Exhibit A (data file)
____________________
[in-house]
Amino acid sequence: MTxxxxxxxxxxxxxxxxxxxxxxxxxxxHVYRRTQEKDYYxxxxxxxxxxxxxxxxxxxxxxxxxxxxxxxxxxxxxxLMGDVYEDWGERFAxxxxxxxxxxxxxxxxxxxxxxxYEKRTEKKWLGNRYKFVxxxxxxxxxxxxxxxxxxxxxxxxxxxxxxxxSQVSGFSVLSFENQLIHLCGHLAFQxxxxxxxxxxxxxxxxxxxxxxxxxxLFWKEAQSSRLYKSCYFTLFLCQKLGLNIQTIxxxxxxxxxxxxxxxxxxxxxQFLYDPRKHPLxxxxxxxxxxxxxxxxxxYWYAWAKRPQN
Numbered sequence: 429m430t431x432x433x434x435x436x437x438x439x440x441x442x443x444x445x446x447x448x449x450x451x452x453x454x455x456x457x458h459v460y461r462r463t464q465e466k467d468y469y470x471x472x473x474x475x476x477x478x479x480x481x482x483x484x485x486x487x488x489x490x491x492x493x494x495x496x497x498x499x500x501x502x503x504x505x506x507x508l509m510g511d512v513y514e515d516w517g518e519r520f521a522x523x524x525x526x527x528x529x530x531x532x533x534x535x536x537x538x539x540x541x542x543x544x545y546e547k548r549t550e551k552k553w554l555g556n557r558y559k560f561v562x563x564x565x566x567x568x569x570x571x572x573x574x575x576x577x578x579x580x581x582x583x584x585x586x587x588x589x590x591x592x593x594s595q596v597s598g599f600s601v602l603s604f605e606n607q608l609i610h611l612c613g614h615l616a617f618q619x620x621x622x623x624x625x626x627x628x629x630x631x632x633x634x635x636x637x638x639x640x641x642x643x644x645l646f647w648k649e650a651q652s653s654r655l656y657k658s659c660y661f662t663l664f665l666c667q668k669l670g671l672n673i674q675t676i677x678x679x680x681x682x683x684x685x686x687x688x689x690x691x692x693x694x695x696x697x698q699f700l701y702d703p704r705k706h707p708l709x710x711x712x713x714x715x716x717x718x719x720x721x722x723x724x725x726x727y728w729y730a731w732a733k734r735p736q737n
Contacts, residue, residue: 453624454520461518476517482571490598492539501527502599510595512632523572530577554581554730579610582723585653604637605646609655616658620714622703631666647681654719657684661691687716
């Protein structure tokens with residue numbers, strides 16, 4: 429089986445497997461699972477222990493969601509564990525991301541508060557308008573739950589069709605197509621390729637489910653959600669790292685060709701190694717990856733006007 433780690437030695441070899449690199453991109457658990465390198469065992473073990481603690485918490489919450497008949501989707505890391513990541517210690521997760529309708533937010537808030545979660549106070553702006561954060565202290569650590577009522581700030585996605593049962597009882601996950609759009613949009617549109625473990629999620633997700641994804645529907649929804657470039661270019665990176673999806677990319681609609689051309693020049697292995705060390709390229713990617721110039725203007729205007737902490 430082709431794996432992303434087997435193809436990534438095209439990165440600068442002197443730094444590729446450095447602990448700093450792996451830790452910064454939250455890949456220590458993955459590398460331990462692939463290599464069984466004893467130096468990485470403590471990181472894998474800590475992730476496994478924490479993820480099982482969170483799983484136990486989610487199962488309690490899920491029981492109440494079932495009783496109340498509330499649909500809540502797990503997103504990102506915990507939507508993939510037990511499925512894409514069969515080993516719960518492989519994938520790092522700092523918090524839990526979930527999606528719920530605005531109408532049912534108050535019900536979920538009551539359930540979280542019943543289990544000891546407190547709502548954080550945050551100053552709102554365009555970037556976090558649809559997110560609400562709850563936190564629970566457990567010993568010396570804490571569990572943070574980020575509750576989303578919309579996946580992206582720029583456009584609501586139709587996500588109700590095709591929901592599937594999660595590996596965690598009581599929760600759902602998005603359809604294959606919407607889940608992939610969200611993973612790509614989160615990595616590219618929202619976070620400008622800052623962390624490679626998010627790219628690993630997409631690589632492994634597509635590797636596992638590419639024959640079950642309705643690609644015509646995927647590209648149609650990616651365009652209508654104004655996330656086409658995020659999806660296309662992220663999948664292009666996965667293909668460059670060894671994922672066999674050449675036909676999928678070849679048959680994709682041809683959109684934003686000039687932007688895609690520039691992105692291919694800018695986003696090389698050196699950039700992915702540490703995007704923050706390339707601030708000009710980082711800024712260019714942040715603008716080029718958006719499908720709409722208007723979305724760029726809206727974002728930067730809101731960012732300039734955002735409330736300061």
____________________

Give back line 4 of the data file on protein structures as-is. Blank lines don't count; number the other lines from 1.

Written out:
Contacts, residue, residue: 453624454520461518476517482571490598492539501527502599510595512632523572530577554581554730579610582723585653604637605646609655616658620714622703631666647681654719657684661691687716